In May, Chengyi Zhang, a masters student at a prestigious medical school in China, published his first article in a Chinese scientific journal. Then, the calls and WeChat messages began. Suddenly, he was inundated with sales pitches from services offering to produce academic papers under his name, on any subject he wanted. 

The messages promised that, for a price of 62,000 yuan ($9,000), the articles could be written and published in low-ranking international medical journals. The callers he spoke to claimed to be employed by peer-reviewed publications, including the Chinese Journal of General Medicine and the Chinese Journal of Hospital Pharmacy. 

But Zhang, whose name has been changed to protect him from professional repercussions, believes that the sales staff were really part of a bigger and murkier system. “They are paper mills,” he said in an email, referring to a growing industry dedicated to the production and sale of junk science. 

China’s highly competitive medical sector and the nation’s rush to become the world leader in scientific research is creating a growing demand for such services. Certainly, they have proved popular with hard-pressed doctors and scientists keen to secure financial rewards and advance their careers. What is more, experts believe that the industry has grave implications for the credibility of all scientific inquiry emerging from the country.

In 2018, China overtook the US as the world’s most prolific scientific researcher, publishing an average of 305,000 papers a year. But, beneath the impressive statistics, fears abound that a growing number of them are fake. 
“Absolutely a masterpiece of art!” read an October Twitter post by Tiger, a biomedical research scientist from China who now lives in the U.S. and spends much of their time anonymously tracking fake papers. The picture they posted came from a Chinese study, published in an international peer-reviewed journal, that examined the development of liver fibrosis into cancer. At first glance, it looks like a normal image of cell formations, but upon closer examination, it’s clear: each cell in the picture is identical, and has been digitally duplicated, copied and pasted in.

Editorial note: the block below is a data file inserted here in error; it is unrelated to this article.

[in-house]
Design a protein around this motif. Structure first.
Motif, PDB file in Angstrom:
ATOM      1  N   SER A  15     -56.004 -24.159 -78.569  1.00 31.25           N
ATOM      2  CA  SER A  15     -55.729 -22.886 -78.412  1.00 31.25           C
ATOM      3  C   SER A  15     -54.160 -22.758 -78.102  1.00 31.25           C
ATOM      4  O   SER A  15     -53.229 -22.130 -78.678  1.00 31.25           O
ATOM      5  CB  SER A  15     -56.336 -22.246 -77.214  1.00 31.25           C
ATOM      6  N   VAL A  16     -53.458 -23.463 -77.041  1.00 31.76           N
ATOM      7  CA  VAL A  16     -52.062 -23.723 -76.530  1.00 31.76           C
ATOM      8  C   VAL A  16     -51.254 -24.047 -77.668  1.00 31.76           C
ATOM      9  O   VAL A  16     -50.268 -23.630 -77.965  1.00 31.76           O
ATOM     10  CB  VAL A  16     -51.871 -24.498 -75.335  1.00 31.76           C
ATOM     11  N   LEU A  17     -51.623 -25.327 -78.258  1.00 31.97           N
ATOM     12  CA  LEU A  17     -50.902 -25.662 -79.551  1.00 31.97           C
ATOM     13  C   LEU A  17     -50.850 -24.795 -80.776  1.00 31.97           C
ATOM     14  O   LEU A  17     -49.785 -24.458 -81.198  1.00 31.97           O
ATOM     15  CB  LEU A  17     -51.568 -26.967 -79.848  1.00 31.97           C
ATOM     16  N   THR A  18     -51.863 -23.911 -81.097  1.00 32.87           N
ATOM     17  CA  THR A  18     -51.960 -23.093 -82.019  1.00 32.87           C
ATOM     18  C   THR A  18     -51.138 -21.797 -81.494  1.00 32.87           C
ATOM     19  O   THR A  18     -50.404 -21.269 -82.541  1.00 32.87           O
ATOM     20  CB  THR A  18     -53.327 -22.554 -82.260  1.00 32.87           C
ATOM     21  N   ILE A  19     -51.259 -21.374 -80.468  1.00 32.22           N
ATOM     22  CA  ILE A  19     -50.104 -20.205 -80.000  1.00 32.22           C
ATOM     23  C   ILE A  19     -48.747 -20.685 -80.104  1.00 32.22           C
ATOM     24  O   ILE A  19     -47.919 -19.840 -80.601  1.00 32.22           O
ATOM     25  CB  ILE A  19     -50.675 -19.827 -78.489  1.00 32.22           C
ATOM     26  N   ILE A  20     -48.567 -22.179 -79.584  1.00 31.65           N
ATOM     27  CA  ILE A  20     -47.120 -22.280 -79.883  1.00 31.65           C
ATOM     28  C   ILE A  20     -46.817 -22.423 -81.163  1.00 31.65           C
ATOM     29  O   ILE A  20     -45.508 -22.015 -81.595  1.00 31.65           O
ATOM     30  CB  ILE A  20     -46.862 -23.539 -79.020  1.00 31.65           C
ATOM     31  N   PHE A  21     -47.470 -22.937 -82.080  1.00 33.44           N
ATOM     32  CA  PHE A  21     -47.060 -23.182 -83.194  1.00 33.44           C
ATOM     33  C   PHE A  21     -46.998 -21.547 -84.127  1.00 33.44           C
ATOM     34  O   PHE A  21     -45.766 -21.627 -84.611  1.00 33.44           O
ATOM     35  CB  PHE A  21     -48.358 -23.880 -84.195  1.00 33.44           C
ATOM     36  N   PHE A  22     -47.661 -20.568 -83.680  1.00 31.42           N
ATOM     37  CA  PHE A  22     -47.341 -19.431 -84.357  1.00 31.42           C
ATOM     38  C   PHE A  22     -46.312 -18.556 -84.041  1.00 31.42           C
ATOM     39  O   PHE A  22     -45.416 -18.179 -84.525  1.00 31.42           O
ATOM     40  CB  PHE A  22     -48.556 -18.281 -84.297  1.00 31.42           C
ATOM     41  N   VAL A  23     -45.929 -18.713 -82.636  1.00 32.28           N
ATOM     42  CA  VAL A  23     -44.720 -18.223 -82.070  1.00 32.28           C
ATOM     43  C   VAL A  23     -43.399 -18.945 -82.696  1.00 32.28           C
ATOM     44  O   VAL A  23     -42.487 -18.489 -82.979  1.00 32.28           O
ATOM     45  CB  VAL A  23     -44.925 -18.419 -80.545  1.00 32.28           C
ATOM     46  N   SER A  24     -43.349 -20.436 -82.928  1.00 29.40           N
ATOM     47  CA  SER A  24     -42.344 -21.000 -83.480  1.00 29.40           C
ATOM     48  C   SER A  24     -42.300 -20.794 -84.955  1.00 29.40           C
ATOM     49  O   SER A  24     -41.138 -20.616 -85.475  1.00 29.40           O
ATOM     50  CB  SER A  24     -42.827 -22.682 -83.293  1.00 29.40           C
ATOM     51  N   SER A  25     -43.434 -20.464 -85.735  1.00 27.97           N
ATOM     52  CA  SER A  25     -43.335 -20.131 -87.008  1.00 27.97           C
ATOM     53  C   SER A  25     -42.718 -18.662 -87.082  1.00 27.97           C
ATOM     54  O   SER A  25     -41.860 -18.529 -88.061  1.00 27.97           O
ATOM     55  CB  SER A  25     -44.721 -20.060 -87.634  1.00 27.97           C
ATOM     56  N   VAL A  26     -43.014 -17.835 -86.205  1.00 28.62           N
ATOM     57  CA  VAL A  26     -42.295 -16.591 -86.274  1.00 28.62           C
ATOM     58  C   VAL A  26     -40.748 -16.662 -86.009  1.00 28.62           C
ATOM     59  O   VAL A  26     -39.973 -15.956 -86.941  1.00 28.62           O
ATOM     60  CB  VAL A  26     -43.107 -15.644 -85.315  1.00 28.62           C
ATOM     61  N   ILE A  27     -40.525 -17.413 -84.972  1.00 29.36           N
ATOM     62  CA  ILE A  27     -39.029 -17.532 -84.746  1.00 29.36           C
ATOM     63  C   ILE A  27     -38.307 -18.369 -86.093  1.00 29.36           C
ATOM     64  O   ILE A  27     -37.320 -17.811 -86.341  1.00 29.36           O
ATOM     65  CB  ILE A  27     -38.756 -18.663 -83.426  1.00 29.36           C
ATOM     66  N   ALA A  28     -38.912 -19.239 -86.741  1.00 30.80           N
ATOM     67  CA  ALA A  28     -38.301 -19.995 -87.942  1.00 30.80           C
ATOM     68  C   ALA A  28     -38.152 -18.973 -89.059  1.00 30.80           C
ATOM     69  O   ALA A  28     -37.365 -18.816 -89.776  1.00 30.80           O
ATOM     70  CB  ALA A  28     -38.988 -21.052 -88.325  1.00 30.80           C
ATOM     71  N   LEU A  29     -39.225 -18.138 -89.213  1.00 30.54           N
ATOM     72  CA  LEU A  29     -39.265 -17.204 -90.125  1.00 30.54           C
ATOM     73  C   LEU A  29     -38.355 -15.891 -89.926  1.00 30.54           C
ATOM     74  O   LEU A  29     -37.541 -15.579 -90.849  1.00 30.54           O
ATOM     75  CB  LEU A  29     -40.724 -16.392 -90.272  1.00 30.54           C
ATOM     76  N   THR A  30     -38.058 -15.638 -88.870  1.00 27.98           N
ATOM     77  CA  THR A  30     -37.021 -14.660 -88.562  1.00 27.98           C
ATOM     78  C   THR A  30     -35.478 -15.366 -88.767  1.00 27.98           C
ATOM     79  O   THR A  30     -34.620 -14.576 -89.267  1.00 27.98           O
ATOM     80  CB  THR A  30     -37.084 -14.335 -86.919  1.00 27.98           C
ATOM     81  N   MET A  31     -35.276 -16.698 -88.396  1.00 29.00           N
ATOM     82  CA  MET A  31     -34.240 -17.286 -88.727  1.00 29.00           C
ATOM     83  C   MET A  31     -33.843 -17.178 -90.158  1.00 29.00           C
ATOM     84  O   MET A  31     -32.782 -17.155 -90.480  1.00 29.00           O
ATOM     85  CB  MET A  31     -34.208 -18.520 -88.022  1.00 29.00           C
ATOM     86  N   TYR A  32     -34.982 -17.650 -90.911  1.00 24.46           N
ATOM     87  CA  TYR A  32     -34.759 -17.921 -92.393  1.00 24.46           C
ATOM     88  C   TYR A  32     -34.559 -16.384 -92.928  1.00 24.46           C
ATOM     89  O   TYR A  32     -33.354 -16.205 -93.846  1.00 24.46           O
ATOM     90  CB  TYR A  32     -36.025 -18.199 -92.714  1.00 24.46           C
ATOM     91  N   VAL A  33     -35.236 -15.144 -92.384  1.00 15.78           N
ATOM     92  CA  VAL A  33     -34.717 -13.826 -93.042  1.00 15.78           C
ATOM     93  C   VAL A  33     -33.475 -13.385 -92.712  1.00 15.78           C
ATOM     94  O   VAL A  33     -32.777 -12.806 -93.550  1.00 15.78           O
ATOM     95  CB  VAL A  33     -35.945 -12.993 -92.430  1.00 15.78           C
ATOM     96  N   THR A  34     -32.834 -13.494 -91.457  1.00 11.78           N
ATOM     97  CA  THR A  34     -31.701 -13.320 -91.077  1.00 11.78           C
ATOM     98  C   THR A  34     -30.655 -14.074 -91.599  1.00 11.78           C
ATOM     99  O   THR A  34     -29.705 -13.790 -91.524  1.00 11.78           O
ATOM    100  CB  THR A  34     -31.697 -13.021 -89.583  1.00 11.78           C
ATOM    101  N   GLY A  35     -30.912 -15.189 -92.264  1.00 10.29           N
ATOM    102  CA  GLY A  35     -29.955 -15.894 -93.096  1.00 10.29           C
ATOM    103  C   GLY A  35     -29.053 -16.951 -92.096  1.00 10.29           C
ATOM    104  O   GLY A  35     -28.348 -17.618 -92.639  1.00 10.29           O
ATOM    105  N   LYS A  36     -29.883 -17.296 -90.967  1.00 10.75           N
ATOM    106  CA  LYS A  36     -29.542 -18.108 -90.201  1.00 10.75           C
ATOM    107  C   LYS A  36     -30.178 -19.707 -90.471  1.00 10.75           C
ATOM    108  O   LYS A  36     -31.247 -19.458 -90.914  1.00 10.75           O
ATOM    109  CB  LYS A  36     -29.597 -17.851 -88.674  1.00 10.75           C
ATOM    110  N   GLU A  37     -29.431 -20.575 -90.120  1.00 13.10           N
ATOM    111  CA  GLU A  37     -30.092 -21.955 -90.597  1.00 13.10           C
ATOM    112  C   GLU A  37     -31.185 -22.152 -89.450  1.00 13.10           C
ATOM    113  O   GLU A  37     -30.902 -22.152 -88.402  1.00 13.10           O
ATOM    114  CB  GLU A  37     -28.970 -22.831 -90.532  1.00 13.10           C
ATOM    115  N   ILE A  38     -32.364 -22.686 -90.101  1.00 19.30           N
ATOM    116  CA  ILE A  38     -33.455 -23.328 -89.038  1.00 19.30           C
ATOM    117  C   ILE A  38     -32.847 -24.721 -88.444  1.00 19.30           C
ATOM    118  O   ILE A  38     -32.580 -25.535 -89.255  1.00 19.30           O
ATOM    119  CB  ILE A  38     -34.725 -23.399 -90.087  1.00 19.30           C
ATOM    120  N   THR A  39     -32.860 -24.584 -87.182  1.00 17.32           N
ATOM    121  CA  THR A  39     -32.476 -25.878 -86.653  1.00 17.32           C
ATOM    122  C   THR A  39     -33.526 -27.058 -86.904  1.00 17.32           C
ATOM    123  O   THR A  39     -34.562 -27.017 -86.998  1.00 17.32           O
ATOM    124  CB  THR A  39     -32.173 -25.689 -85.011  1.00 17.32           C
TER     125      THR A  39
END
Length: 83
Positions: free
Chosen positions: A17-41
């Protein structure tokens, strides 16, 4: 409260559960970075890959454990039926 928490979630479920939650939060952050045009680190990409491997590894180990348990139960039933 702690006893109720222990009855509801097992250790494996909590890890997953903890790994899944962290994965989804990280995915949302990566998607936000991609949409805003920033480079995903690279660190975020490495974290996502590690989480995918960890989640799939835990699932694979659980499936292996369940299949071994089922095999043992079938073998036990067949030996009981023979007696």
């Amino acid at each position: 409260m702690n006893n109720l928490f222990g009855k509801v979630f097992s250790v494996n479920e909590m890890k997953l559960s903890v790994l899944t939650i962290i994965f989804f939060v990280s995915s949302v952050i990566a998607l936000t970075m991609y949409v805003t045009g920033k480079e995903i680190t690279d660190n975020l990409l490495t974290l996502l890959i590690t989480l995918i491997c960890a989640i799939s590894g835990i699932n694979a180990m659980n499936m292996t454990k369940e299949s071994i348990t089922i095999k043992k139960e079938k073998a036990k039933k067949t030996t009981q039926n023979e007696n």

Tiger regularly posts about false papers on Twitter and the Chinese microblogging platform Weibo. They have been on the receiving end of trolling and hate campaigns, as well as pleas from working doctors to stop exposing fake papers.

Tiger forms part of an informal team of international volunteers, anonymously battling scientific fraud. In the past year, they and their colleagues have uncovered hundreds of bogus studies. The group’s members believe that Chinese paper mills could be churning out thousands more every year. 

The torrent of fake science coming from the country is partly driven by a long-standing system in which Chinese institutions offer generous rewards to doctors and scientists for published research.

“If you are published in a high-impact journal, you could literally get an apartment as a reward, or a car,” Tiger explained. 

According to a report highlighted by MIT Technology Review, Chinese universities rewarded authors with an average of $44,000 in 2016 for research published in the prominent scientific journals Science and Nature. Meanwhile, a sliding scale of financial incentives is applied to work featured in smaller publications. 

“All the way down, they all have similar reward systems,” Tiger explained. “That is a really bad mechanism to really foster a lot of fraud.” 

Elisabeth Bik — the only member of the team willing to give her real name — is a microbiologist from the Netherlands, based in California. She began tracking the phenomenon of paper mills at the beginning of 2020.